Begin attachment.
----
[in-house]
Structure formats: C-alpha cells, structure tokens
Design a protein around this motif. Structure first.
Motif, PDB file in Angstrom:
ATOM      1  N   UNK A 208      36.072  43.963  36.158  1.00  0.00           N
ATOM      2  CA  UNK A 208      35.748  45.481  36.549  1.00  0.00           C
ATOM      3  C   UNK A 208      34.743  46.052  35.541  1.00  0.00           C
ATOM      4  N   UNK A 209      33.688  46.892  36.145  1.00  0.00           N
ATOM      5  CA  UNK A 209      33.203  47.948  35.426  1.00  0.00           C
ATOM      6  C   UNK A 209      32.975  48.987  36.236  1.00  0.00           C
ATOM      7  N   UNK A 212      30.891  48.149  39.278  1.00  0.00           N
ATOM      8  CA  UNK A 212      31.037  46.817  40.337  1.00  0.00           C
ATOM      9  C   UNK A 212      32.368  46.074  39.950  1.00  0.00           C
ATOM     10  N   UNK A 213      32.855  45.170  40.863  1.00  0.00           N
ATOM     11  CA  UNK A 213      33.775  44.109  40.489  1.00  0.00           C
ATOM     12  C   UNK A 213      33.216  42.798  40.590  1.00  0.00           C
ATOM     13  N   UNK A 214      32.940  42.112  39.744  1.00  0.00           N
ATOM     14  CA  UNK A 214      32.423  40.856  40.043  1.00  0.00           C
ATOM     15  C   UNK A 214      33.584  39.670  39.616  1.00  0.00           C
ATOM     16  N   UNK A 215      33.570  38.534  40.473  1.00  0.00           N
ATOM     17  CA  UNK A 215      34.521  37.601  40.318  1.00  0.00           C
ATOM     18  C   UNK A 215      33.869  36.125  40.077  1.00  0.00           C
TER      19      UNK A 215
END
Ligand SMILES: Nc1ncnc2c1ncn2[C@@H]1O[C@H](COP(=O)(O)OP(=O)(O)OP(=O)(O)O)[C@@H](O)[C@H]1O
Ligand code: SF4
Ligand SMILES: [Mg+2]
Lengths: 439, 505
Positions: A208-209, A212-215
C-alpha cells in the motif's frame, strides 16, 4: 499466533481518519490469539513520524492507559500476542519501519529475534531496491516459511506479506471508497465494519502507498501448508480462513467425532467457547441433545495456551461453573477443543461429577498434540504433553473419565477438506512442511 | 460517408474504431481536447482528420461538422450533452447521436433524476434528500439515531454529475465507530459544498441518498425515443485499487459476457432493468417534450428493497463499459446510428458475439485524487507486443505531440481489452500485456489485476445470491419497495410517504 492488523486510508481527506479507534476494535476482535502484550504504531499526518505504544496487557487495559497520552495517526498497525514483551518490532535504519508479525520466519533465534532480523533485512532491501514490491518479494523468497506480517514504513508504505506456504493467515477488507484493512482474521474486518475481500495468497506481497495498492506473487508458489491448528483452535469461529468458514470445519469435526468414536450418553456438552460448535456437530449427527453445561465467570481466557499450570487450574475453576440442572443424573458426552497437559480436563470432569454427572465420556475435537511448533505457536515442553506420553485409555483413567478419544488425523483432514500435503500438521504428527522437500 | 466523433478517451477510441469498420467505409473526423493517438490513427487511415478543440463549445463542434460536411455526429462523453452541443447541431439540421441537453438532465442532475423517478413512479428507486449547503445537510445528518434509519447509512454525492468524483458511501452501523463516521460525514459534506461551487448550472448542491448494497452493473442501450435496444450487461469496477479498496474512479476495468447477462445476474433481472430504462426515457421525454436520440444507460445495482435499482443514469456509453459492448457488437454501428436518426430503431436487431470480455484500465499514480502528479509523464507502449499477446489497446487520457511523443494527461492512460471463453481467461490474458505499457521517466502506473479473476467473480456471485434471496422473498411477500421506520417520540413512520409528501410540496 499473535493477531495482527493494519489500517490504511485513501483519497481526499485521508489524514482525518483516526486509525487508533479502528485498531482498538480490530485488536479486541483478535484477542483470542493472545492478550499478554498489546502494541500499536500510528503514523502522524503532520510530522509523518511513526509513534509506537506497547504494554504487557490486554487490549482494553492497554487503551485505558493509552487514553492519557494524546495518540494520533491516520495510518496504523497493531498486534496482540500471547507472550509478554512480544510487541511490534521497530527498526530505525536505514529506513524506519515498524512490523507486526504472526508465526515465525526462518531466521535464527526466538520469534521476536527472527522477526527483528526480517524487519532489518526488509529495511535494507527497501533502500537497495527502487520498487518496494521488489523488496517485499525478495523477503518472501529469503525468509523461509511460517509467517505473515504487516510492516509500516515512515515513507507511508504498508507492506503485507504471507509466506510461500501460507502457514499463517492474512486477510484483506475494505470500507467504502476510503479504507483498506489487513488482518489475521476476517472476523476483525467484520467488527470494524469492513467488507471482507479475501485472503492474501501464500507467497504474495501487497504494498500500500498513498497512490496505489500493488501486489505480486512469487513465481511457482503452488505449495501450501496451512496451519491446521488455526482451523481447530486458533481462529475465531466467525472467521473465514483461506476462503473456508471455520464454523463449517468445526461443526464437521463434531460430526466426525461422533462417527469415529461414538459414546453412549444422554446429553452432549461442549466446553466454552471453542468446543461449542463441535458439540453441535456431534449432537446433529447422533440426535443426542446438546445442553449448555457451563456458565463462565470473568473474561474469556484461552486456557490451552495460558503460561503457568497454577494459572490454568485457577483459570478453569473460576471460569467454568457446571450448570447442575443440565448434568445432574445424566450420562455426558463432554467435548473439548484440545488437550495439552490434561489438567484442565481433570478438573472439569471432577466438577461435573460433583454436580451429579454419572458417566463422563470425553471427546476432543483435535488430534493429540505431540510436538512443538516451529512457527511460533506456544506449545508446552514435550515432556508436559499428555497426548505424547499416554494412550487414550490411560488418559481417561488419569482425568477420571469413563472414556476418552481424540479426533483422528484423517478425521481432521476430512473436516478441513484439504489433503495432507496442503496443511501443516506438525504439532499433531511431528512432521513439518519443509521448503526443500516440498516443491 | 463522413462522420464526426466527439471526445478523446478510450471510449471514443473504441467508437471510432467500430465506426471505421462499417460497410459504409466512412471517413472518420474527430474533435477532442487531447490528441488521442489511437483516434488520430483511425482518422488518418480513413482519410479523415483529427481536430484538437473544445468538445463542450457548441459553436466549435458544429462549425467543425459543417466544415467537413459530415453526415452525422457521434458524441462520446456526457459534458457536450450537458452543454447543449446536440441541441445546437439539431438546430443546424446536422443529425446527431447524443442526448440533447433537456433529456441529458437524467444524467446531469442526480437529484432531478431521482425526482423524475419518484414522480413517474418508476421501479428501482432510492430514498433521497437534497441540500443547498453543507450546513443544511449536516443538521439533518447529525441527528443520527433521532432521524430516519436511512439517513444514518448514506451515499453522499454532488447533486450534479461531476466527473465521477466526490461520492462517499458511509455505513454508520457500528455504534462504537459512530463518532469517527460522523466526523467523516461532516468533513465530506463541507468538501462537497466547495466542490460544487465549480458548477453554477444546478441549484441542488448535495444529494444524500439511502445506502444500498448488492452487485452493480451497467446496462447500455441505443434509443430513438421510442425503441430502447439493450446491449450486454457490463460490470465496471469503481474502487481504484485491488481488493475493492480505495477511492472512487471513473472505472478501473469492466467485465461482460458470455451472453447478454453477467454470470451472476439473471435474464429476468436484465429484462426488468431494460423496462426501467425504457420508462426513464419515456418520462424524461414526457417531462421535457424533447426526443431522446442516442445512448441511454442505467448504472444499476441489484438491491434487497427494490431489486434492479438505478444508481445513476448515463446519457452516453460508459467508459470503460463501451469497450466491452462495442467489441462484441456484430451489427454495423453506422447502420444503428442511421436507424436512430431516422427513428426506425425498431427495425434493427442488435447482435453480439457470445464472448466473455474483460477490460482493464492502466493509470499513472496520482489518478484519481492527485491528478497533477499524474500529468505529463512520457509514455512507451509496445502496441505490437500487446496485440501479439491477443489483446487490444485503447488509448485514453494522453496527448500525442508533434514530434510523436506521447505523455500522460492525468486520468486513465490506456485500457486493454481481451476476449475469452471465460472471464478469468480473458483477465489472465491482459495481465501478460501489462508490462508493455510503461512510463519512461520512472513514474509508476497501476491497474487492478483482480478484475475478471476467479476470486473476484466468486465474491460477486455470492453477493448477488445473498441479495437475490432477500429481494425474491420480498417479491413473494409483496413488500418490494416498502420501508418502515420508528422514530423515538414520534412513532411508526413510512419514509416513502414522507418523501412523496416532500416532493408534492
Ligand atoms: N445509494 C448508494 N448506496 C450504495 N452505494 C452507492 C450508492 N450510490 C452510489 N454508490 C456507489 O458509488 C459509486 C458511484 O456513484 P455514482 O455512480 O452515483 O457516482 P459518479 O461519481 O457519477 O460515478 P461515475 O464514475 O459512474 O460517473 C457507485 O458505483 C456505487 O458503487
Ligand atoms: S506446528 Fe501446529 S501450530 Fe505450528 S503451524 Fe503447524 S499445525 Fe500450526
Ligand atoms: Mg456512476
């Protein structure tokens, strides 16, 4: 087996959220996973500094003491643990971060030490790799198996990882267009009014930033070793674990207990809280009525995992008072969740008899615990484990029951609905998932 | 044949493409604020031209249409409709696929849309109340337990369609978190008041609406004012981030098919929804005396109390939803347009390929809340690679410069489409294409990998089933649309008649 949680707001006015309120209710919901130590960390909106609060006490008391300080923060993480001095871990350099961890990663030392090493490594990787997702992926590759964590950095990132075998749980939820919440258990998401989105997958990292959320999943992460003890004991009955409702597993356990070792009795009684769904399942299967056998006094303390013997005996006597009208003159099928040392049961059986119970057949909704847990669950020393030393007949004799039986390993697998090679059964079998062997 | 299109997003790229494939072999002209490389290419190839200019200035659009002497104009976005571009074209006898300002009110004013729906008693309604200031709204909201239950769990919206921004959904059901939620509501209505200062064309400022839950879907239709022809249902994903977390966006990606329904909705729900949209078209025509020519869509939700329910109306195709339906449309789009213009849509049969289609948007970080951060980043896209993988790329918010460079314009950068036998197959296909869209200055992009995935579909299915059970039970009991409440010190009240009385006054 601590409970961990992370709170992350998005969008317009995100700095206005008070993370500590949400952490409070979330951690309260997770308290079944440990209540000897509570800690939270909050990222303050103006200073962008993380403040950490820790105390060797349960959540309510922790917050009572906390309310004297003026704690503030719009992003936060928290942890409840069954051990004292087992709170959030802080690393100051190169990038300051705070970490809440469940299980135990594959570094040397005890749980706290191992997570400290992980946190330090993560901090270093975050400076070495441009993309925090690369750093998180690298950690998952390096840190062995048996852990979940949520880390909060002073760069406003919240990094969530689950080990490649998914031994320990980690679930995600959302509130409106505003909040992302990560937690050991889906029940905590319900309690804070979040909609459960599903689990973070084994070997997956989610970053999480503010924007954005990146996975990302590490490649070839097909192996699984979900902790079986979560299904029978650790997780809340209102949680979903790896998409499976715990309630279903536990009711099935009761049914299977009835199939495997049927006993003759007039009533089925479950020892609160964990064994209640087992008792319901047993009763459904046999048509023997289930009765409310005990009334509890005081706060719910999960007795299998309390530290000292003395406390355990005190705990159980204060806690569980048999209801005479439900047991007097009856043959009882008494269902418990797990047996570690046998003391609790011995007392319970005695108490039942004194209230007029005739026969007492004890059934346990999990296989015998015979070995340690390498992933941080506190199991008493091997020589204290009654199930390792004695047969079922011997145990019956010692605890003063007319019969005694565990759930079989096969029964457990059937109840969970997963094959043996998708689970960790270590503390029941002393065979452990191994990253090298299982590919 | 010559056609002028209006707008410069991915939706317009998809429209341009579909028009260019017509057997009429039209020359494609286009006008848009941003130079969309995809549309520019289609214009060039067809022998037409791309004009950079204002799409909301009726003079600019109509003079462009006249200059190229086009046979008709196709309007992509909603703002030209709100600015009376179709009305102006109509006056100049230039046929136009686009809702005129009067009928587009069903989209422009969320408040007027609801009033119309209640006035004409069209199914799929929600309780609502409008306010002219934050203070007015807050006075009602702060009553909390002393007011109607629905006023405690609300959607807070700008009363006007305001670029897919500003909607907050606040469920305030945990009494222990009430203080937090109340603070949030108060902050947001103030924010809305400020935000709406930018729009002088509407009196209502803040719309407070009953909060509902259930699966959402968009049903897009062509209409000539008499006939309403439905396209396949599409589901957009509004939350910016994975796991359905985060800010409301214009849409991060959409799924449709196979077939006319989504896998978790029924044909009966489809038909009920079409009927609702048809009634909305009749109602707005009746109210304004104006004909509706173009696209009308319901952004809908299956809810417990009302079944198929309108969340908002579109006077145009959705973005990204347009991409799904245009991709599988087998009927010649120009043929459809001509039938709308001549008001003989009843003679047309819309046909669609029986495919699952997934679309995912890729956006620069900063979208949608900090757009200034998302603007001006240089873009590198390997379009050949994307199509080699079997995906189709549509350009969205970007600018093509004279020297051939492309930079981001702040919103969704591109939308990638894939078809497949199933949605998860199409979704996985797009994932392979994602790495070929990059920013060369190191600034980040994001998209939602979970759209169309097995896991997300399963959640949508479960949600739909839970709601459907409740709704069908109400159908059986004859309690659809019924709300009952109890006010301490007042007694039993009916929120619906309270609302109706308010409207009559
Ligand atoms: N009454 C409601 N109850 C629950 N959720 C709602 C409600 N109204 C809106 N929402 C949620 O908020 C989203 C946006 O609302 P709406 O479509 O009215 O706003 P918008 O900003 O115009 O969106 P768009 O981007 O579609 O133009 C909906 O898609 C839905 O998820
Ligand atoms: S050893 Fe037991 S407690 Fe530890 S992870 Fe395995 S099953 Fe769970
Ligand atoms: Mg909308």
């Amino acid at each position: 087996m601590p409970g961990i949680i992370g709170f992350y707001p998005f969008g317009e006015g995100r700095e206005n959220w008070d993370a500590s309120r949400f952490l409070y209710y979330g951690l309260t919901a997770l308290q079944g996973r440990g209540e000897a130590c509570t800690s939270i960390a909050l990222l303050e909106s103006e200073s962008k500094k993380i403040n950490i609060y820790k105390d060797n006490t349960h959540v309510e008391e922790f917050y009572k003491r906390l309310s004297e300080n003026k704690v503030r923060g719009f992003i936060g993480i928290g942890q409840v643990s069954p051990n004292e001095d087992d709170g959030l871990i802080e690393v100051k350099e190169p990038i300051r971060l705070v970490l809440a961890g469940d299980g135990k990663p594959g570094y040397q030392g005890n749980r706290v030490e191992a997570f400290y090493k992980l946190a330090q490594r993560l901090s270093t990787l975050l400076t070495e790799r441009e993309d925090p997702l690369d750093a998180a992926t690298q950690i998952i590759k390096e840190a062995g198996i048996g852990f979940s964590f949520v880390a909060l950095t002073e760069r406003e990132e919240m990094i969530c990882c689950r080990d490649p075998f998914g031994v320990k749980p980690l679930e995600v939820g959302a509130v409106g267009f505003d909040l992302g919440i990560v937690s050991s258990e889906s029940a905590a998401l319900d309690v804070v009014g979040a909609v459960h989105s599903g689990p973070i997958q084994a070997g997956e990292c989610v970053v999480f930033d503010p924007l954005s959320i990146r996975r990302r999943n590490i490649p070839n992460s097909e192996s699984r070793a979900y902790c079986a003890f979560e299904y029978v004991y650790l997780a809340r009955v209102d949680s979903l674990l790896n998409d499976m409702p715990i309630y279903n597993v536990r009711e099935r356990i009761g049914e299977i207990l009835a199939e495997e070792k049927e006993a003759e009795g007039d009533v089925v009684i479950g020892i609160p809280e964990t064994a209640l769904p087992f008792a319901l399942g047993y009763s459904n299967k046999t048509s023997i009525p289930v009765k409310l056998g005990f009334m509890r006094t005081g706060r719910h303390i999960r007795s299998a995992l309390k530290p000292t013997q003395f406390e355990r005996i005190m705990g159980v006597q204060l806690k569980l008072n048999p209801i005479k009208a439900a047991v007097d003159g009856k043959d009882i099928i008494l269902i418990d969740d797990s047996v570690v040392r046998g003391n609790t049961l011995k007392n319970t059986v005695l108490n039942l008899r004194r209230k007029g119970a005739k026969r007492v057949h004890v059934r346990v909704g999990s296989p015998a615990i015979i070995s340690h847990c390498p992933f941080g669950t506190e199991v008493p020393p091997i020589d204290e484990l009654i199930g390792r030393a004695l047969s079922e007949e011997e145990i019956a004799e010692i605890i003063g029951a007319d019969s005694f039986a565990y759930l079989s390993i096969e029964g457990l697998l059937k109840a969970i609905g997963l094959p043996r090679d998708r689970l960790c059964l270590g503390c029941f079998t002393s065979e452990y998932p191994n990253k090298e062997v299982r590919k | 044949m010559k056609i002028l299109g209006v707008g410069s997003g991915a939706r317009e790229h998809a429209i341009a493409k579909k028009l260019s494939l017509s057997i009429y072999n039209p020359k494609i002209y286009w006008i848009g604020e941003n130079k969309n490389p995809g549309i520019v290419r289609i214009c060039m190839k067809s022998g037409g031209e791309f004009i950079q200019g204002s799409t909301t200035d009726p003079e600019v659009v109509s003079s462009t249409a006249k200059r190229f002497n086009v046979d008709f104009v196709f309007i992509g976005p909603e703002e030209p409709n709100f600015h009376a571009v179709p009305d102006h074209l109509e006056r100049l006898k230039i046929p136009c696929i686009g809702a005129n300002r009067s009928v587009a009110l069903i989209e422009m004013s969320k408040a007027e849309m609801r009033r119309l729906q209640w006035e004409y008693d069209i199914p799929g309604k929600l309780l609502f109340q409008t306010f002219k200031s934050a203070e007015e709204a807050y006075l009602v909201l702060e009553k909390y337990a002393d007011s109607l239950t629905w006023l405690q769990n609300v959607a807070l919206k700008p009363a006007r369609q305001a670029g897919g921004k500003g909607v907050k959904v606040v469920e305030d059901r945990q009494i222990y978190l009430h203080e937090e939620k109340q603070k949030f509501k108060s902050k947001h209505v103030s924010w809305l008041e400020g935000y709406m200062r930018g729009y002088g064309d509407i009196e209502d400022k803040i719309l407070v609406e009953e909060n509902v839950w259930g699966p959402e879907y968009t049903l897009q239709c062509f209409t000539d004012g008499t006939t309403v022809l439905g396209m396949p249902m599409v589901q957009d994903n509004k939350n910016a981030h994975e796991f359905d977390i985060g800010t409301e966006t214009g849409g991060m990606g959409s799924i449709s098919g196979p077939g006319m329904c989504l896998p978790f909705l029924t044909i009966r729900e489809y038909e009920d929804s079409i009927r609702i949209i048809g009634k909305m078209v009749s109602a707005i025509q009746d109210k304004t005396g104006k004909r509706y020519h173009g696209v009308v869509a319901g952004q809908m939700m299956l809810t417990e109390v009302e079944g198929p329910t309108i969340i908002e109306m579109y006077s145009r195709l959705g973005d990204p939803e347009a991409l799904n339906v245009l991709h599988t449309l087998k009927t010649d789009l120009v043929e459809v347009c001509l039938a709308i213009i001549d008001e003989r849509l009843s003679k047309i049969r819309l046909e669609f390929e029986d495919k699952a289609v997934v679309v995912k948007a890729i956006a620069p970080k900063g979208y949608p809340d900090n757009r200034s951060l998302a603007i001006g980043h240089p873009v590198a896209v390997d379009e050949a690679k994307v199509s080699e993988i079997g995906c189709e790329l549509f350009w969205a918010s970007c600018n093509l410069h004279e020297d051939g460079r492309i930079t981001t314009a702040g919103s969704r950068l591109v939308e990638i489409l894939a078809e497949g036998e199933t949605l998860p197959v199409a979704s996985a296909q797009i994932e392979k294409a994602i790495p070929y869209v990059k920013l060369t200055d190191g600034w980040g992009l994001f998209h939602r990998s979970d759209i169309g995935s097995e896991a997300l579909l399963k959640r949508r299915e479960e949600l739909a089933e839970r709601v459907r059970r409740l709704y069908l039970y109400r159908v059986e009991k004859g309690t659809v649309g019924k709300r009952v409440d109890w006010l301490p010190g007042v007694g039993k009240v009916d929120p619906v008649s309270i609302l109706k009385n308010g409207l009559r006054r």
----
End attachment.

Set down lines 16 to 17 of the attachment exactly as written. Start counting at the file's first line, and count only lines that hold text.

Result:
ATOM     12  C   UNK A 213      33.216  42.798  40.590  1.00  0.00           C
ATOM     13  N   UNK A 214      32.940  42.112  39.744  1.00  0.00           N